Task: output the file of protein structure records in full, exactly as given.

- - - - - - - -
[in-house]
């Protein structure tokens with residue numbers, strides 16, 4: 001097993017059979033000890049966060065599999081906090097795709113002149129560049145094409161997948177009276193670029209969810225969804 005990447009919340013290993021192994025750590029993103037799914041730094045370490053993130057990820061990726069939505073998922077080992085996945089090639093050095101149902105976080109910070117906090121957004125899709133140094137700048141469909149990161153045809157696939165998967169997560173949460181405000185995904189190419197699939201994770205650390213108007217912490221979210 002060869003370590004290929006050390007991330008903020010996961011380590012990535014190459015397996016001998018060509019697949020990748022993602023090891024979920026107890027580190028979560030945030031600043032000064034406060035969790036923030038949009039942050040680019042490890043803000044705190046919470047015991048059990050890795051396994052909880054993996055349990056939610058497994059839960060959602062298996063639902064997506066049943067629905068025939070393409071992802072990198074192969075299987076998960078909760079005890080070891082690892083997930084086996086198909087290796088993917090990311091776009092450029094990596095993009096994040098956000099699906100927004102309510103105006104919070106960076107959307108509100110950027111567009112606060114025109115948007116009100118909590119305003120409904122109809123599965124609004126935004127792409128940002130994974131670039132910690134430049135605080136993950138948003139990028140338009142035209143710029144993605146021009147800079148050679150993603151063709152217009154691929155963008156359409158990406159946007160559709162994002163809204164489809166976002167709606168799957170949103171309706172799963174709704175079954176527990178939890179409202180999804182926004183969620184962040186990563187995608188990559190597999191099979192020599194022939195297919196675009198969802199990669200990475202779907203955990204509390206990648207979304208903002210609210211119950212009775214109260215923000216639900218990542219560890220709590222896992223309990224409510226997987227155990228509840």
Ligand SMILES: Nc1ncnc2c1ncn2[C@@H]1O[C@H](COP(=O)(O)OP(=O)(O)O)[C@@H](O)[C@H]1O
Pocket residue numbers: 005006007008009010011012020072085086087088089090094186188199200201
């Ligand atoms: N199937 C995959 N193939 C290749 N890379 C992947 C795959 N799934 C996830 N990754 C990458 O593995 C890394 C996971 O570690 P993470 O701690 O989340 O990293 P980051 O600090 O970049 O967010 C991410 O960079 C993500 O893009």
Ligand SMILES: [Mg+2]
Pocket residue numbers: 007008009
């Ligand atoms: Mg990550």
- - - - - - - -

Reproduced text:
[in-house]
């Protein structure tokens with residue numbers, strides 16, 4: 001097993017059979033000890049966060065599999081906090097795709113002149129560049145094409161997948177009276193670029209969810225969804 005990447009919340013290993021192994025750590029993103037799914041730094045370490053993130057990820061990726069939505073998922077080992085996945089090639093050095101149902105976080109910070117906090121957004125899709133140094137700048141469909149990161153045809157696939165998967169997560173949460181405000185995904189190419197699939201994770205650390213108007217912490221979210 002060869003370590004290929006050390007991330008903020010996961011380590012990535014190459015397996016001998018060509019697949020990748022993602023090891024979920026107890027580190028979560030945030031600043032000064034406060035969790036923030038949009039942050040680019042490890043803000044705190046919470047015991048059990050890795051396994052909880054993996055349990056939610058497994059839960060959602062298996063639902064997506066049943067629905068025939070393409071992802072990198074192969075299987076998960078909760079005890080070891082690892083997930084086996086198909087290796088993917090990311091776009092450029094990596095993009096994040098956000099699906100927004102309510103105006104919070106960076107959307108509100110950027111567009112606060114025109115948007116009100118909590119305003120409904122109809123599965124609004126935004127792409128940002130994974131670039132910690134430049135605080136993950138948003139990028140338009142035209143710029144993605146021009147800079148050679150993603151063709152217009154691929155963008156359409158990406159946007160559709162994002163809204164489809166976002167709606168799957170949103171309706172799963174709704175079954176527990178939890179409202180999804182926004183969620184962040186990563187995608188990559190597999191099979192020599194022939195297919196675009198969802199990669200990475202779907203955990204509390206990648207979304208903002210609210211119950212009775214109260215923000216639900218990542219560890220709590222896992223309990224409510226997987227155990228509840």
Ligand SMILES: Nc1ncnc2c1ncn2[C@@H]1O[C@H](COP(=O)(O)OP(=O)(O)O)[C@@H](O)[C@H]1O
Pocket residue numbers: 005006007008009010011012020072085086087088089090094186188199200201
């Ligand atoms: N199937 C995959 N193939 C290749 N890379 C992947 C795959 N799934 C996830 N990754 C990458 O593995 C890394 C996971 O570690 P993470 O701690 O989340 O990293 P980051 O600090 O970049 O967010 C991410 O960079 C993500 O893009």
Ligand SMILES: [Mg+2]
Pocket residue numbers: 007008009
């Ligand atoms: Mg990550």